Jacobs to study C-14 in U.K. AGR graphite

May 13, 2020, 10:08AMRadwaste Solutions

The global engineering company Jacobs, under a contract with Radioactive Waste Management Ltd. (RWM), will be studying the release of radioactivity from irradiated graphite taken from reactor core samples at the United Kingdom’s nuclear power plants. According to Jacobs, the research will support RWM, a subsidiary of the U.K. government’s Nuclear Decommissioning Authority, in its analysis of graphite behavior and the options for graphite waste management in the future.

RWM commissioned Jacobs to measure and characterize releases of carbon-14 for comparison with releases from irradiated graphite in earlier reactor types, including the United Kingdom’s first generation of Magnox civil nuclear power plants. Jacobs said that its research will have a significant bearing on the safe management and disposal of graphite waste arising from the decommissioning of Britain’s fleet of graphite-moderated advanced gas-cooled reactors (AGR). The United Kingdom plans to close all 14 of its AGRs, located at seven plant sites, by the end of the decade.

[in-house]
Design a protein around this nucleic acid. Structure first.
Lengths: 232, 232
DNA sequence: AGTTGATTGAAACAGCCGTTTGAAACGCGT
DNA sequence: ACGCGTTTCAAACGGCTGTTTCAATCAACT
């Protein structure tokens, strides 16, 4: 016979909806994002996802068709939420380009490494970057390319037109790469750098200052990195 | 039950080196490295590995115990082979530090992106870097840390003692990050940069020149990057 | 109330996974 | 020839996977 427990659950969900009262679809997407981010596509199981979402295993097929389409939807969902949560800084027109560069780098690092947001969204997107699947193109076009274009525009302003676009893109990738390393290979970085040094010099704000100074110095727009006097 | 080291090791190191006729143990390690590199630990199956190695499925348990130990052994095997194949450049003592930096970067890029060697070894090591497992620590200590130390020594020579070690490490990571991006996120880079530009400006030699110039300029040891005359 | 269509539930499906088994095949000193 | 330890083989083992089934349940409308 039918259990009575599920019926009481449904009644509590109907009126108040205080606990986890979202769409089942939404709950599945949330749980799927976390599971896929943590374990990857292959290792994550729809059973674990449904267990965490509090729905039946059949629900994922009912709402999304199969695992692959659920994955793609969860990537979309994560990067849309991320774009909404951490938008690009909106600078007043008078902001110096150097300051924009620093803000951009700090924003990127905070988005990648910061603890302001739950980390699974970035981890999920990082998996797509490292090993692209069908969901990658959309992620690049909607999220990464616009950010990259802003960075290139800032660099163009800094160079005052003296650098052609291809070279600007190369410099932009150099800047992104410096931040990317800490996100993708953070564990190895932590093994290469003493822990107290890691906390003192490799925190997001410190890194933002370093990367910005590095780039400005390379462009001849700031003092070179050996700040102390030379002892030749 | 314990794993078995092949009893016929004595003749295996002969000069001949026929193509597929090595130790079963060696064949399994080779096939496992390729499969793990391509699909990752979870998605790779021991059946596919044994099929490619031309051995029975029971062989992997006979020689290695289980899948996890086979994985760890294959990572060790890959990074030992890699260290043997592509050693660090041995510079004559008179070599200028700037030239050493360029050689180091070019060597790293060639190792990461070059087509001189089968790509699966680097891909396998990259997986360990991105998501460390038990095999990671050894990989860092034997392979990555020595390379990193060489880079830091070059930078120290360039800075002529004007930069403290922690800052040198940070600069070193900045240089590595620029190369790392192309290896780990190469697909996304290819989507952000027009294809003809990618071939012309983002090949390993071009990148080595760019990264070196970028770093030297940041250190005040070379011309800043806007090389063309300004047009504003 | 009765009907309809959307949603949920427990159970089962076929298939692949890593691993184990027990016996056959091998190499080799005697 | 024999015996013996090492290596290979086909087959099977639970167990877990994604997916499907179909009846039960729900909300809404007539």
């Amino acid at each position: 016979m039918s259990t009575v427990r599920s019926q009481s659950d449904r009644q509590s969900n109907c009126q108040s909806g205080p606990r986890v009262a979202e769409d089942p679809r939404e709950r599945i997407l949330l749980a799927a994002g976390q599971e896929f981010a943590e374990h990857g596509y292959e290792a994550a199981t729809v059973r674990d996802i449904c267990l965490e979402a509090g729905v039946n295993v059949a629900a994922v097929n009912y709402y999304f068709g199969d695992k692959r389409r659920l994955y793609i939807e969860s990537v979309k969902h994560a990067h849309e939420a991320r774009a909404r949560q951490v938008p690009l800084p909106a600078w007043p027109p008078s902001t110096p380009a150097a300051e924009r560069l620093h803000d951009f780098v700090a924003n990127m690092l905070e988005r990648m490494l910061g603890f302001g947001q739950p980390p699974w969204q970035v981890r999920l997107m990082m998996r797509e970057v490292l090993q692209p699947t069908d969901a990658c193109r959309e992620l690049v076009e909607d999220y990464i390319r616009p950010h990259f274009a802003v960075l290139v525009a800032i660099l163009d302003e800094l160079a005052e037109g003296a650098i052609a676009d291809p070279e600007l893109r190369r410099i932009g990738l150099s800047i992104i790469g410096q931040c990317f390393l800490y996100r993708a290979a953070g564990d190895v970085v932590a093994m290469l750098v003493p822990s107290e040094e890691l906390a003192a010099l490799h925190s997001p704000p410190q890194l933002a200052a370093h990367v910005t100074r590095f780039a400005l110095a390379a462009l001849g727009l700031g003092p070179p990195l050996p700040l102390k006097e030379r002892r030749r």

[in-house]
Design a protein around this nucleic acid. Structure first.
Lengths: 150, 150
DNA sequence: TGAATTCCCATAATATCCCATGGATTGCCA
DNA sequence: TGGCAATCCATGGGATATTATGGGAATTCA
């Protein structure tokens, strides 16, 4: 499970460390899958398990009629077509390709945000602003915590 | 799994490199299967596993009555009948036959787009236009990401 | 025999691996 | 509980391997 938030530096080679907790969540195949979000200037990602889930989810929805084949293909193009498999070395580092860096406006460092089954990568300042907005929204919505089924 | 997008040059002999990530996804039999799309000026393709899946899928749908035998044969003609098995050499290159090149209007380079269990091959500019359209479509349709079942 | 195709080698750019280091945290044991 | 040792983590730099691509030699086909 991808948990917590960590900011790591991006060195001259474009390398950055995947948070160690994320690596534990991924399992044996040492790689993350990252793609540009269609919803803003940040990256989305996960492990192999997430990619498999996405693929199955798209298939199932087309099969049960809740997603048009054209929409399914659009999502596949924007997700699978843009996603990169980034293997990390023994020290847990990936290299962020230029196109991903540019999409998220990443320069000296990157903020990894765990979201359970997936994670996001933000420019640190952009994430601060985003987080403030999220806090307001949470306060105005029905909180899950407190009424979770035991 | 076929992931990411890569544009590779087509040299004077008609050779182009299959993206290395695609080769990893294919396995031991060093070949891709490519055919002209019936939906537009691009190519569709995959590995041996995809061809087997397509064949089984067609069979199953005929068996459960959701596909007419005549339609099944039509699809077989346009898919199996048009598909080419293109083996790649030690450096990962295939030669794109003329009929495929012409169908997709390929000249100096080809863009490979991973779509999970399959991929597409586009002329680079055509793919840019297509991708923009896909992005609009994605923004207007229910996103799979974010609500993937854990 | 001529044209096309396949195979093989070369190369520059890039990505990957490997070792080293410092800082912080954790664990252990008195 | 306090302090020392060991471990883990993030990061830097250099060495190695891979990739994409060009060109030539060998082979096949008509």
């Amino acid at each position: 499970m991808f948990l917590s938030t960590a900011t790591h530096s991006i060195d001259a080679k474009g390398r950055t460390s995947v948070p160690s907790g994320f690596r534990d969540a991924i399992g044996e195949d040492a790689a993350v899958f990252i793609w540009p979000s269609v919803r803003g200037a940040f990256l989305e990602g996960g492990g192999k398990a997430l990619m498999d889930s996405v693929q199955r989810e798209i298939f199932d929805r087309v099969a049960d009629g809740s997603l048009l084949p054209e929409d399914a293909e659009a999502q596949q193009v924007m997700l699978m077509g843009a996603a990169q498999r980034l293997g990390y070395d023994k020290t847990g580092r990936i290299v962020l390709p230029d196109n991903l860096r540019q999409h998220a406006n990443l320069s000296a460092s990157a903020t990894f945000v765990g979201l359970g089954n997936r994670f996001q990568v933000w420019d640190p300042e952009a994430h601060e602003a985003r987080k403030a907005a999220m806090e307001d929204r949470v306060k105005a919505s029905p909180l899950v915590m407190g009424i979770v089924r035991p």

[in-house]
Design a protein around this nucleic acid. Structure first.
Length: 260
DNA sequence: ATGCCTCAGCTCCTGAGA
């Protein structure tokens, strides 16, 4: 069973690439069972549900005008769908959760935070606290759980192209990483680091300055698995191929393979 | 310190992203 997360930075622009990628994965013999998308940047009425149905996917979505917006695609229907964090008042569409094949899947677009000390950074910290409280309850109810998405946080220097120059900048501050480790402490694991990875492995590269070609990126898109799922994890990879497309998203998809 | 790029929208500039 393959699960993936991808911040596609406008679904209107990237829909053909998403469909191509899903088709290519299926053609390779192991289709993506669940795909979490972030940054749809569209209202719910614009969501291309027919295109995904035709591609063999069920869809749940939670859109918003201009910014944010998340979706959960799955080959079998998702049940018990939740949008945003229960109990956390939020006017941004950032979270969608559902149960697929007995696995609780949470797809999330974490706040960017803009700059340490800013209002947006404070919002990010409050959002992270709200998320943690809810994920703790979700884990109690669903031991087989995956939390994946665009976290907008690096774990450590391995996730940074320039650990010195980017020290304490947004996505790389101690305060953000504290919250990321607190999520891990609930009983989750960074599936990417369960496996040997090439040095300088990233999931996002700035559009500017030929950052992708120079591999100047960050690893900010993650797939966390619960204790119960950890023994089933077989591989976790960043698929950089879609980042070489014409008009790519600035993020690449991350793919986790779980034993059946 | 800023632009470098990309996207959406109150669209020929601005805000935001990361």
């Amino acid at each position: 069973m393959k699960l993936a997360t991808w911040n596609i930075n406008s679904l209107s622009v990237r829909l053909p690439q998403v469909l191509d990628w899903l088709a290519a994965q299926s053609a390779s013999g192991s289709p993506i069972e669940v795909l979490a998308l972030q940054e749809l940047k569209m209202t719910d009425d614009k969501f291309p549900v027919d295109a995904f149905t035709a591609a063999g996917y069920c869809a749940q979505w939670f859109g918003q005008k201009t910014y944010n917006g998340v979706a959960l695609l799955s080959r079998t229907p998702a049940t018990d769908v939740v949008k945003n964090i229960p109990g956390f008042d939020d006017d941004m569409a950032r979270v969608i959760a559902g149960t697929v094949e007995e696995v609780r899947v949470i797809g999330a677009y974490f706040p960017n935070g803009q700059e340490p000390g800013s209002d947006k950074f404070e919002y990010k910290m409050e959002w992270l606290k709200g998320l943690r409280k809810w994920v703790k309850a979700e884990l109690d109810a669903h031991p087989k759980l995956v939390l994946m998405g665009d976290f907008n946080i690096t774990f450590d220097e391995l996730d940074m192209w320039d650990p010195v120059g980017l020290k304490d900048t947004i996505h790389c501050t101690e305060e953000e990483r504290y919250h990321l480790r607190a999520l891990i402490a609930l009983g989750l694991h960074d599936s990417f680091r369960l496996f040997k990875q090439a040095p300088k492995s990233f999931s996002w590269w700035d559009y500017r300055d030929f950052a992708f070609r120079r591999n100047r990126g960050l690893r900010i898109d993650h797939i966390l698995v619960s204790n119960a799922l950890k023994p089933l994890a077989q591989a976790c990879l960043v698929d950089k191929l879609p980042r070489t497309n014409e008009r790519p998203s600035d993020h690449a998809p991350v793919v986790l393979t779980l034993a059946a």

The Jacobs contract has an initial duration of two years. Subject to experimental program results, it may be extended by an additional two years.

What they’re saying: “We’re combining our leading graphite knowledge from our Integrated Waste Management team at Harwell, our role as designer and architect engineer of the advanced gas reactor and Magnox reactors, and our work on operational support and life extension,” said Clive White, senior vice president of Jacobs Critical Mission Solutions. “Our Technology and Innovation Centre at Birchwood Park, Warrington, is applying this graphite knowledge to work through options for safe and timely characterization, retrieval, treatment, and storage solutions to meet the growing global decommissioning market.”


Related Articles

NRC to consolidate LLW rulemaking

April 11, 2022, 9:30AMRadwaste Solutions

The Nuclear Regulatory Commission will integrate two separate rulemaking activities concerning the disposal of low-level radioactive waste, issuing a “re-proposed” rule that consolidates...

One man’s trash: Extracting valuable isotopes from waste material

The DOE and a contractor recently succeeded in disposing of Oak Ridge’s low-activity U-233, but not before recovering ­Th-229 from the material.

March 17, 2022, 9:31AMRadwaste Solutions

This past October, the Department of Energy’s Oak Ridge Office of Environmental Management (OREM) and its contractor Isotek successfully completed processing and disposing the low-dose...